Liberia: Dear Liberians, Rice Is Not Our Problem – Our Mindset Is…

The uncomfortable truth staring at us right in our faces is that, we will never develop and rescue our poverty strapped country if we continue importing, instead of growing the rice we eat!

It is indeed tragic, that even with the tripled rice price in the last month, our food security conversations are still heavily focused on ASKING when a few “selected” business-persons will purchase more rice from China or India to sell to us, and when more pepper will come from Guinea, or tomatoes from Nigeria. These are the WRONG conversations to have especially when we are blessed with vast agricultural lands, fertile soil, and talented hardworking people. Sadly, our country is on its knees begging for assistance because of our failure to learn from the past (let us remember the rice riots in the 1970’s), or learn from other countries (who transformed their economies by investing in their agriculture sector).

The truth of the matter is, if we want to take millions of Liberians out of poverty; if we want to reduce the unemployment rate in our country; decrease crime in our communities; if we want to better feed our children as they go to school, we must collectively as a Nation, change the current status of our agricultural sector and develop ‘out of the box solutions’ for our people. To do so, we must ask ourselves the RIGHT questions. Firstly, how can we increase the rate of rice production in our country? Secondly, how can we modernize our farms in the rural areas so that we can produce more high quality rice faster? Thirdly, how can we re-direct the over 200 million dollars that we currently spend on importing rice, towards properly training, incentivizing and equipping our farmers? Finally, how can Liberia become self-sufficient and create food security in our staple food? Those are the questions we should be asking!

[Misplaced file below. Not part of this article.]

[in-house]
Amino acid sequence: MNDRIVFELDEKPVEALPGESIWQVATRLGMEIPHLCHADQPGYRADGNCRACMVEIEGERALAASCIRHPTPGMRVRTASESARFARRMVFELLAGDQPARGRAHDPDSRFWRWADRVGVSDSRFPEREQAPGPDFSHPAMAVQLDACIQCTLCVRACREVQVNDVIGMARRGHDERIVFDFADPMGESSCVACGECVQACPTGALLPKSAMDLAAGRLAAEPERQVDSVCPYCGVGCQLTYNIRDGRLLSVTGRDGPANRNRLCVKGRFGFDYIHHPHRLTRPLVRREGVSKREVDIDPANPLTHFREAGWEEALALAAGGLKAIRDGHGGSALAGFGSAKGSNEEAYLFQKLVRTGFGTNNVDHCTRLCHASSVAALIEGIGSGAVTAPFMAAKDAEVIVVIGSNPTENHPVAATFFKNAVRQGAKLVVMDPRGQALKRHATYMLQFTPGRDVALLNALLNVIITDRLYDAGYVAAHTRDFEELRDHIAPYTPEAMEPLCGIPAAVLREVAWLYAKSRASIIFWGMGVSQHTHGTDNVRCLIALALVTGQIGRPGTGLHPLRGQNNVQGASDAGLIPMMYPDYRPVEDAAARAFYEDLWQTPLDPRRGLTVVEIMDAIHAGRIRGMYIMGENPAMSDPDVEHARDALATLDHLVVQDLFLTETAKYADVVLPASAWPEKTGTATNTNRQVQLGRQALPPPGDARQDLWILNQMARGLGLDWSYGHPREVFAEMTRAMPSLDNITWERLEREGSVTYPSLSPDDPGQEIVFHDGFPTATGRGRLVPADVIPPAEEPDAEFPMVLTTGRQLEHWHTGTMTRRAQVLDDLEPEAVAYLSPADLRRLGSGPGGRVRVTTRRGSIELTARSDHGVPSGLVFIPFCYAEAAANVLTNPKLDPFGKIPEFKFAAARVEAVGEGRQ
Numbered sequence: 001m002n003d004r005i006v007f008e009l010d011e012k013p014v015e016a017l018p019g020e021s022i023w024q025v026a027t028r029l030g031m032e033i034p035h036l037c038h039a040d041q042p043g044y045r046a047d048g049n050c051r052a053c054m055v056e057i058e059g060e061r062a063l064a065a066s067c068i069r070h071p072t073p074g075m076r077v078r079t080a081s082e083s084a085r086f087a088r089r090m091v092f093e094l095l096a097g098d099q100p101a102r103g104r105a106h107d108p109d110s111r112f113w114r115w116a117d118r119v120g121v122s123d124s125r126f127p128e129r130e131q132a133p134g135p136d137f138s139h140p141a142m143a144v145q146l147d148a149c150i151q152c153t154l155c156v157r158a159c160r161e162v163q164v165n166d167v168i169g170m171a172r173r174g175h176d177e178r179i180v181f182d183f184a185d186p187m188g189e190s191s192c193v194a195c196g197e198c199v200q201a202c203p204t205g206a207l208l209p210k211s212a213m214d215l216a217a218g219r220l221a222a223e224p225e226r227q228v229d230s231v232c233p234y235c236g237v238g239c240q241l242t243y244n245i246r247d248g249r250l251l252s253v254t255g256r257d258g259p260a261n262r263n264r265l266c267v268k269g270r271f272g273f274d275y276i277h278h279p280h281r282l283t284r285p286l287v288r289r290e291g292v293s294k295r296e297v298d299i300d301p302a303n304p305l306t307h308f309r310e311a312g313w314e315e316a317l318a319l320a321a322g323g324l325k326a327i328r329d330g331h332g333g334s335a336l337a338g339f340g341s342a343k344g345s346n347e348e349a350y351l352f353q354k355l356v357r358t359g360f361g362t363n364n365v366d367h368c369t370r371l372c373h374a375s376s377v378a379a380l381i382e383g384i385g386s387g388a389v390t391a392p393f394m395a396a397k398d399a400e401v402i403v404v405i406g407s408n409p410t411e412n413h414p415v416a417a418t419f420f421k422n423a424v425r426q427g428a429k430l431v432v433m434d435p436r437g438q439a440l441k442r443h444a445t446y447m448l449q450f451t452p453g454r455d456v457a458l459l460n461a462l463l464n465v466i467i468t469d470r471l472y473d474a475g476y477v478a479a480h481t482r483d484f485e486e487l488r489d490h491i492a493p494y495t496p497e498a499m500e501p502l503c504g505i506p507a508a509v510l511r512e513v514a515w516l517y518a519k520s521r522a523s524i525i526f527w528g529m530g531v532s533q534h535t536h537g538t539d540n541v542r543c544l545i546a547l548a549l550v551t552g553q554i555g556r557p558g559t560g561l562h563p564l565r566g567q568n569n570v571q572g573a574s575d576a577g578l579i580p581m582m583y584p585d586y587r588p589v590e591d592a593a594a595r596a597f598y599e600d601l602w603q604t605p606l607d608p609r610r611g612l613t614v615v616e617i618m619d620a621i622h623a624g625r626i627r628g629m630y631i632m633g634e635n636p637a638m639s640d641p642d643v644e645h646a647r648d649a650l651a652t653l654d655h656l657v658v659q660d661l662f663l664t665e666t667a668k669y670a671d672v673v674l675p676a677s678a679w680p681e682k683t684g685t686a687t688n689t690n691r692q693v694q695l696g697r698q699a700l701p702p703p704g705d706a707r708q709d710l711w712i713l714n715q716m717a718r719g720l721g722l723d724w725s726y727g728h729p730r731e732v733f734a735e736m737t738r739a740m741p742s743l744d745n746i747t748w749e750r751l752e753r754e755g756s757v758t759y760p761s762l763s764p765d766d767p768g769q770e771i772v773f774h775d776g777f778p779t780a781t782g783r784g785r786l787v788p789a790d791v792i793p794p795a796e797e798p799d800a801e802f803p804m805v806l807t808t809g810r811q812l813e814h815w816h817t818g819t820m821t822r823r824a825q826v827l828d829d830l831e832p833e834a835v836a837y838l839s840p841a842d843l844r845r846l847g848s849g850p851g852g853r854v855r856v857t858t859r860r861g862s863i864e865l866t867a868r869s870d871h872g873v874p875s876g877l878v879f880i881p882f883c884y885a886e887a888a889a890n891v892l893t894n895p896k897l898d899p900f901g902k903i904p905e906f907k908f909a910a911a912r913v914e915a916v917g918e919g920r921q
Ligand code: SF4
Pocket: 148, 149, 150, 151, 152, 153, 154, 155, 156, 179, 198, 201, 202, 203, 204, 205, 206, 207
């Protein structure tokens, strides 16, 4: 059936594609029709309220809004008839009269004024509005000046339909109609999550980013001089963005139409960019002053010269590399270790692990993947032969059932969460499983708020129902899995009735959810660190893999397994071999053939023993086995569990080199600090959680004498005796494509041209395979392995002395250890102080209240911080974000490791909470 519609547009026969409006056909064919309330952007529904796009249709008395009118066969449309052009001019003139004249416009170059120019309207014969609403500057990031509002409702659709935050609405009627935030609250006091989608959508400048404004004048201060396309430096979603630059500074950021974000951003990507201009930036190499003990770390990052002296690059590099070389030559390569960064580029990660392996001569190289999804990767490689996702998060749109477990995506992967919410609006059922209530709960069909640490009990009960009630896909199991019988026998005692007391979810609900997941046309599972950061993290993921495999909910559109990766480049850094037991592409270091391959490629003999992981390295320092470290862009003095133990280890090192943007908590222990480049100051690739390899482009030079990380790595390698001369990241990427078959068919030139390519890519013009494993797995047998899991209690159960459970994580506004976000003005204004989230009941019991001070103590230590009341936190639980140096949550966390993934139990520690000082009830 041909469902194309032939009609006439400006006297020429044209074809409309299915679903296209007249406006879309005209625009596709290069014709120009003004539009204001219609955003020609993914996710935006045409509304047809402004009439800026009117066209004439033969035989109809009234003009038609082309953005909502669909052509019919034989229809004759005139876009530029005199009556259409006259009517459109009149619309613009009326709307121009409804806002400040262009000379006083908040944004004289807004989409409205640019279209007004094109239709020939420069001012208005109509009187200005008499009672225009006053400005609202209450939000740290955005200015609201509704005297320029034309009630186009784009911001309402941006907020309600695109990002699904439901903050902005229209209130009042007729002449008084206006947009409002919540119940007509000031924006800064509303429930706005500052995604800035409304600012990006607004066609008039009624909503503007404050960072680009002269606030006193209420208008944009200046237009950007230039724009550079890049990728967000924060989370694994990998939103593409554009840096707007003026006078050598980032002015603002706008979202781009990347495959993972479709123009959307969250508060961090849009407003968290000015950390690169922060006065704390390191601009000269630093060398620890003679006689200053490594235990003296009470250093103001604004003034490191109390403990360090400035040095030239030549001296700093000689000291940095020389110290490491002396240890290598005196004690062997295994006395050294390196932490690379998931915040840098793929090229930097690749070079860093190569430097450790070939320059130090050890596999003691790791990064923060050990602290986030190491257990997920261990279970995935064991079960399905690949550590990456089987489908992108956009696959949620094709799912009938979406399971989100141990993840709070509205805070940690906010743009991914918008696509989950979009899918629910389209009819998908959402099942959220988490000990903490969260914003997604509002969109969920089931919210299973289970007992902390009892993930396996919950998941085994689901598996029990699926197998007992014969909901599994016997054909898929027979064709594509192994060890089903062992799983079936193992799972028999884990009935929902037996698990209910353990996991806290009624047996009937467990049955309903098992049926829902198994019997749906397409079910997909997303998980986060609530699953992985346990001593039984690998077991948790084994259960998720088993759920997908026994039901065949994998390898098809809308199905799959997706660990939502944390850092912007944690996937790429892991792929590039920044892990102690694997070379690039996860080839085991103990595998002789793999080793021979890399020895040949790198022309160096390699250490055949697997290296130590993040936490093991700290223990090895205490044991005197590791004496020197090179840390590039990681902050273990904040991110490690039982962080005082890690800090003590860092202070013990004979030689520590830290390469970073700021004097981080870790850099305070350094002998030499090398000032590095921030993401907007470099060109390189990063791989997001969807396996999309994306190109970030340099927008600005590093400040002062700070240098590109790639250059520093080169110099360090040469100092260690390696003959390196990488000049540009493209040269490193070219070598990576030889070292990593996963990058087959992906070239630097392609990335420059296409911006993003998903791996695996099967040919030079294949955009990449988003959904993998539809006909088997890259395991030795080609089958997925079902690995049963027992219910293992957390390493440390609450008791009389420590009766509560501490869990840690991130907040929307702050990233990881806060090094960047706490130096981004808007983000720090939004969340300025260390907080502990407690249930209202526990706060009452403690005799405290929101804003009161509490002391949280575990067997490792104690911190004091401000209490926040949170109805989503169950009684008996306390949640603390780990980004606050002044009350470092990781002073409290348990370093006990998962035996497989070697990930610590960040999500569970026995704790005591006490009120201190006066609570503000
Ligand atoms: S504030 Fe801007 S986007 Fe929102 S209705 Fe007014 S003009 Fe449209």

There is only one-way to fix our Agriculture; we must start growing what we eat!

Currently, our agricultural sector still utilizes outdated methods of food production with very little to no mechanized farming. We also do not use proper irrigation as we are over dependent on erratic rainfall patterns and we still do not apply any modern methods to ensure soil or crop cultivation. In comparison, as the rest of the world transitions to mechanized and scientific farming, we continue to practice our most applied skill – waiting for others to grow for us, what we should be growing for ourselves.

This must stop now if we are to progress as a nation.

All countries around the world have three ways of providing food to its citizenry. Self-production, import and food reserves. In our Nation, we essentially have one way, that is import. This means the majority of our people do not have access to affordable, quality, sufficient and nutritious food. In essence, it means that the very basics of a healthy functioning society are not being met because food security should be the right of every Liberian, and not a privilege.

We need to build well-funded, modern and mechanized food production zones throughout our fifteen counties, to make sure that we eat what we grow – and better yet, produce enough to the point where we can also export what we grow. Imagine a Liberia where we produce enough rice to feed every single Liberian. Imagine the amount of jobs that would create, and food security that would provide. Imagine the cheap prices of rice that will ensure our students go to bed with full stomachs. Imagine us not waiting for rice from Asia, but producing rice in Bassa, Lofa, Bong, Grand Gedeh and Nimba. In short, imagine A New Liberia.

We need to re – engineer and shift our agricultural policies and leadership at every level – the presidency, the legislature, and our districts. Our collective clarion call across all working Government agencies should be that investing in agriculture production is the ONLY solution to address Liberia’s long-term challenges. Better-fed students mean smarter and more attentive students. Better-fed citizens are healthier with a longer life expectancy. Farms that are more productive mean more capital to expand our rural road networks. In conclusion, and without a doubt, a focus on agriculture means a more robust and thriving National economy.

Dr. Clarence Moniba, Contributing Writer

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